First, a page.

It is to be appreciated that a performance management system of the present invention preferably utilizes forecasting models (e.g., analysis of variance and time series models) to capture non-stationarities (e.g., time-of-day variations) and time-serial dependencies. For example, as described in J. Hellerstein, F. Zhang, and P. Shahabuddin, “An Approach to Predictive Detection for Service Level Management,” Integrated Network Management VI, edited by M. Sloman et al., IEEE Publishing, May 1999, the disclosure of which is incorporated herein by reference, a model in which S(i,j,k,l) is the value of a metric at time of day (i), day of week (j), month (k), and instance (l) may be employed in accordance with the invention. The model is: S(i,j,k,l)=mean+mean_tod(i)+mean_day-of-week(j)+mean_month(k)+e(i,j,k,l). Here, the terms beginning with “mean” are constants that are estimated from the data, and e(i,j,k,l) are the residuals of S. These constants may be estimated using standard statistical techniques such as analysis of variance and least square regression, which are well known in the art. The residuals are identically distributed (stationary), but time serial dependencies may remain. To remove time serial dependencies, a second model may be used: e(t)=a1*e(t−1)+a2*e(t−2)+y(t), where a1 and a2 are constants estimated from the data and the y(t) are independent and identically distributed normal random variables. The y(t) are the result of removing the time serial dependencies. Advantageously, with these two models, it is possible to forecast future values of metrics.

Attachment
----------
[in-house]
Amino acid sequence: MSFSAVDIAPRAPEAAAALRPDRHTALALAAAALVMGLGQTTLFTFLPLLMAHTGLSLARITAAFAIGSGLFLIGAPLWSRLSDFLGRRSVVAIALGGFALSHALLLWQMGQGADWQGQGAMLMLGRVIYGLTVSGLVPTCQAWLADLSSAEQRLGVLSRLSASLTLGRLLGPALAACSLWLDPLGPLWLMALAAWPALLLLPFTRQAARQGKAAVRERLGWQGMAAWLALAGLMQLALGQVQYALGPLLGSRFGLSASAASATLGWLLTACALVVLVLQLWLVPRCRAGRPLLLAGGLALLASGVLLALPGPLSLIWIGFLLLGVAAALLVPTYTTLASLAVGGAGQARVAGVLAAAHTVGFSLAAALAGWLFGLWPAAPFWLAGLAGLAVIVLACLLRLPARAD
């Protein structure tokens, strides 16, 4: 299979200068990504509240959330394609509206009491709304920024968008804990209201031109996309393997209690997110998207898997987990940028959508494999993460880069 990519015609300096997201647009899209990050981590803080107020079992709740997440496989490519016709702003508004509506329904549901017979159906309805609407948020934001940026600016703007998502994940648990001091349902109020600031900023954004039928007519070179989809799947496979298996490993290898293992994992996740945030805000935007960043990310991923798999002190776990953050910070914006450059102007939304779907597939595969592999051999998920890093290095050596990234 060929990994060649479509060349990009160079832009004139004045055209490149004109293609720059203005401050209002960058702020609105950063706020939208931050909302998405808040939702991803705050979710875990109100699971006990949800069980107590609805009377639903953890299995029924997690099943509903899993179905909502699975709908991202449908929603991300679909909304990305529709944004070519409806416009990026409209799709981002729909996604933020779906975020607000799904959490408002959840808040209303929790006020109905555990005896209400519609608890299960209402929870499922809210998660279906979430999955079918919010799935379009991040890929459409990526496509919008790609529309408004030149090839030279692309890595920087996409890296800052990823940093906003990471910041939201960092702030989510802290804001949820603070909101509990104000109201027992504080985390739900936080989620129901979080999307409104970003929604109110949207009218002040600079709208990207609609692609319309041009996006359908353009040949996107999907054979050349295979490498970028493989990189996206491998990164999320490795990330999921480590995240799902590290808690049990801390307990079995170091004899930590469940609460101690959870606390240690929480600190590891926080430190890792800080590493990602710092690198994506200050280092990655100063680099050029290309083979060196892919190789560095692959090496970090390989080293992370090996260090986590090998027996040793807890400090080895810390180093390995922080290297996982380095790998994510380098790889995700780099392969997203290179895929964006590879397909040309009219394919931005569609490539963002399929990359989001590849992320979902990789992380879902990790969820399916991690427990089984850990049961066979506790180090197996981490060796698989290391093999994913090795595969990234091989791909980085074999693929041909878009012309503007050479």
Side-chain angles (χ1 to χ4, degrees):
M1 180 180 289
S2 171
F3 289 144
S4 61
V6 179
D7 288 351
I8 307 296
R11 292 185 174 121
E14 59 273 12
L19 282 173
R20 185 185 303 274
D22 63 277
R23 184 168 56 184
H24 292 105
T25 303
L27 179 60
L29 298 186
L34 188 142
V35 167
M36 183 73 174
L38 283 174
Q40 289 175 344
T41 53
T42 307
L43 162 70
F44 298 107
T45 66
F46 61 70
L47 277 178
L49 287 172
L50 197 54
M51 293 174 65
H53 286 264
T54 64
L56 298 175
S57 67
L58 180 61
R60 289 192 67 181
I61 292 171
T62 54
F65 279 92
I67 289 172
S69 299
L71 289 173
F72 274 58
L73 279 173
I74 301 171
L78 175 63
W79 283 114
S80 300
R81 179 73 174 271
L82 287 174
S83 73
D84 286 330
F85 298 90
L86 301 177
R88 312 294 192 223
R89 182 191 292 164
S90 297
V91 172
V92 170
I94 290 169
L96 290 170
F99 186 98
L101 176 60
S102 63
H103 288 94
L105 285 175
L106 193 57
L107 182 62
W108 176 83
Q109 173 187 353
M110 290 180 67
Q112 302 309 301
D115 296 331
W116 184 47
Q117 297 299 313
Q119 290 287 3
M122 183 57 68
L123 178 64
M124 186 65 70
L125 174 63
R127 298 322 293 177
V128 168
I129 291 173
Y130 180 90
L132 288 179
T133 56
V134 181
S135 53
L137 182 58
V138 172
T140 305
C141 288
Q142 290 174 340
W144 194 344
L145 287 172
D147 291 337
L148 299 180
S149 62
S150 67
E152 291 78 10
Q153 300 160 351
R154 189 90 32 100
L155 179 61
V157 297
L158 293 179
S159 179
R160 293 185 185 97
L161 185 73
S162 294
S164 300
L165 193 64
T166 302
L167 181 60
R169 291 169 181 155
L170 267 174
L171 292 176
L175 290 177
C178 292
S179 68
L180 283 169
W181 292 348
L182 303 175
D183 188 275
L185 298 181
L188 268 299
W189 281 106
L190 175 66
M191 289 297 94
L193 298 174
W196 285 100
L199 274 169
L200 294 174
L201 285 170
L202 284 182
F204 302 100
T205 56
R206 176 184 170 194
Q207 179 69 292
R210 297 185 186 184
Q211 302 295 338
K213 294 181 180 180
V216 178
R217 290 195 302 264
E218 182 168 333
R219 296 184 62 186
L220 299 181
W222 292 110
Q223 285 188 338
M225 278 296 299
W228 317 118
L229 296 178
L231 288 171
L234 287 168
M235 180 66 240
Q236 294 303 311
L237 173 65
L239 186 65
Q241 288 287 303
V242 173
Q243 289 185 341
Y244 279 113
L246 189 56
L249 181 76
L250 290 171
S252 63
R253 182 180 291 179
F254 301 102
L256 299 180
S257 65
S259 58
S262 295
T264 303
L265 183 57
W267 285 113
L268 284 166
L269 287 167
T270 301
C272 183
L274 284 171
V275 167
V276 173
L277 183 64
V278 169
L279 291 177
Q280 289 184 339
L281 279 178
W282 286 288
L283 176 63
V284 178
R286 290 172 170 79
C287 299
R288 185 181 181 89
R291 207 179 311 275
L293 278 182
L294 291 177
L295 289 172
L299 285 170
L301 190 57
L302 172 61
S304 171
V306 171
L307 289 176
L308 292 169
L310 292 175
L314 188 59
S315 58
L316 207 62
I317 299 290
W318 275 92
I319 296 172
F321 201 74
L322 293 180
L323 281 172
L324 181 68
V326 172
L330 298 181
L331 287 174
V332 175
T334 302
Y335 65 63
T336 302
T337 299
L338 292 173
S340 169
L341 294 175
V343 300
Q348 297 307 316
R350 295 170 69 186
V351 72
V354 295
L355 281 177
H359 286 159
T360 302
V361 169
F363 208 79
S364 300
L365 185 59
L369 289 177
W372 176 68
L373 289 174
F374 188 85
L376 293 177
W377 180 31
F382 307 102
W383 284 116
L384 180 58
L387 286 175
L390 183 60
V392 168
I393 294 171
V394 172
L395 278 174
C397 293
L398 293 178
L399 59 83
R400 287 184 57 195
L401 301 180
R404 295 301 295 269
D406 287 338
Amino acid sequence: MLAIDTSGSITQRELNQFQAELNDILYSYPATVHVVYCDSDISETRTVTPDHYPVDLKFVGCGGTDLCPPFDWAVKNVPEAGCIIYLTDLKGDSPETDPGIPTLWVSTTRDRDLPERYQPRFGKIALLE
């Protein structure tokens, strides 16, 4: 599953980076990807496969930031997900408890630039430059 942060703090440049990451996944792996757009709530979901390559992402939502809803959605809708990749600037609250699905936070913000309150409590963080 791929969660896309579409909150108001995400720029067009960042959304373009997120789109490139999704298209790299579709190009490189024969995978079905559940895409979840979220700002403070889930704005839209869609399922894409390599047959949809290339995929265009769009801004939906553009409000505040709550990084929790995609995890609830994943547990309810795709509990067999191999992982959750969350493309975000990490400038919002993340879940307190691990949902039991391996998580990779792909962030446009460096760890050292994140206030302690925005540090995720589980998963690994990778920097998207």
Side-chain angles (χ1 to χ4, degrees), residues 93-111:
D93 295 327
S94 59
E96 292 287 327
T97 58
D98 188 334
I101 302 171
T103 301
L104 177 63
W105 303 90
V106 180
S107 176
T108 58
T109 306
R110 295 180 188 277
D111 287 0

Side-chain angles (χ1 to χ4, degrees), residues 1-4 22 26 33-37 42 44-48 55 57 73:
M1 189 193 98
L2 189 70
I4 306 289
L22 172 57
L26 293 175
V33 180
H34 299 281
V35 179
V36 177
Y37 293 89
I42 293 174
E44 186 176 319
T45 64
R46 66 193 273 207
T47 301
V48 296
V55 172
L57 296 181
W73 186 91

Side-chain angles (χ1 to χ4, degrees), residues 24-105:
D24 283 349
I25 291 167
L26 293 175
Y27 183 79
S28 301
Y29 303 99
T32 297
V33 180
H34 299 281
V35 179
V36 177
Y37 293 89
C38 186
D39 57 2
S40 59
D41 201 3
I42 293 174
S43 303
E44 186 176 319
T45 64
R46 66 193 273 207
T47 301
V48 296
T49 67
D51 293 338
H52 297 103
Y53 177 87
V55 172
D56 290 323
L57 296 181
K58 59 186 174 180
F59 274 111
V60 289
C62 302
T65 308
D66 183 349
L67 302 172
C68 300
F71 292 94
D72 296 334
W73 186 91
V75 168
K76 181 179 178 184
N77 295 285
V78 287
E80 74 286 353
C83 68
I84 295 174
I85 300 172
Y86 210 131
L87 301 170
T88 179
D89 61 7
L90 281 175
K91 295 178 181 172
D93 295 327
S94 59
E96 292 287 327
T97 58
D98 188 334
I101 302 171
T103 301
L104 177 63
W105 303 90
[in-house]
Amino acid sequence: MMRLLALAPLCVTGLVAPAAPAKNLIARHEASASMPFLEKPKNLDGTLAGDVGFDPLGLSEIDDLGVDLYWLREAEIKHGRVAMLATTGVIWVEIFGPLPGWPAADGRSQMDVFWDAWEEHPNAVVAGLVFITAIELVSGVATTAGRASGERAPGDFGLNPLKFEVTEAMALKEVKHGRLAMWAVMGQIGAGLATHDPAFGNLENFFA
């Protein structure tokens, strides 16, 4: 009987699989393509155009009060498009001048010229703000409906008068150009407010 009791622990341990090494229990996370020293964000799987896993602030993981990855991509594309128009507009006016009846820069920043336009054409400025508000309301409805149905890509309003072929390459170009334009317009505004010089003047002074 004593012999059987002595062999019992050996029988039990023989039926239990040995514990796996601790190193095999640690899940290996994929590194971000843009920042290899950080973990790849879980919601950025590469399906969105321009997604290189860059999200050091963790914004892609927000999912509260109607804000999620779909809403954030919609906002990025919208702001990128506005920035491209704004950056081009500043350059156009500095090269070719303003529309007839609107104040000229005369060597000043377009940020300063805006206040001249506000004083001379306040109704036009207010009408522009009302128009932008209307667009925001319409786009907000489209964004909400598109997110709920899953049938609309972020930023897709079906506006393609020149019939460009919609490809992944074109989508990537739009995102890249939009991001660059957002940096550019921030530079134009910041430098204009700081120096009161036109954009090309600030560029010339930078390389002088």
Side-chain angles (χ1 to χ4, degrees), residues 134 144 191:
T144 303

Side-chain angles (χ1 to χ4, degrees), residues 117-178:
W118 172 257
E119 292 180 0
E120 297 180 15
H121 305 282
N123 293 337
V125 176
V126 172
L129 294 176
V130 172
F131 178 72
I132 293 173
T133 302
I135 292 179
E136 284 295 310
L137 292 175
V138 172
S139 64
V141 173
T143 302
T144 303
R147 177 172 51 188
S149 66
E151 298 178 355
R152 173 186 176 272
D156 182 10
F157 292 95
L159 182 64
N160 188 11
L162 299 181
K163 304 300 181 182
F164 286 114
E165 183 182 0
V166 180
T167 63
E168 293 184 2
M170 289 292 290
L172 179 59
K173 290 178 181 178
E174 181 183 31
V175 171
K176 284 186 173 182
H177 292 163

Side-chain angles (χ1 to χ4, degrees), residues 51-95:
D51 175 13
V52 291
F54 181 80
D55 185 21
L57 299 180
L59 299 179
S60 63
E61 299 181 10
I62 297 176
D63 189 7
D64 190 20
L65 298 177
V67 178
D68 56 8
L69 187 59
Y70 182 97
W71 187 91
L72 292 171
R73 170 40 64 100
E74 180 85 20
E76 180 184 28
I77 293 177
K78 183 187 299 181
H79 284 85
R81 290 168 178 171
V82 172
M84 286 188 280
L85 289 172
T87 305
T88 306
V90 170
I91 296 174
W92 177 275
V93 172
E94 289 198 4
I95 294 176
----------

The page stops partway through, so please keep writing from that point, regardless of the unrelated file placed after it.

In addition to using models of metric behavior, the invention also utilizes the idea of separation of different kinds of information. Sometimes referred to as explicit knowledge representation, this technology has been used widely in the construction of expert systems. We use explicit knowledge representation to isolate the conditions for triggering right-hand sides from the other elements of a policy.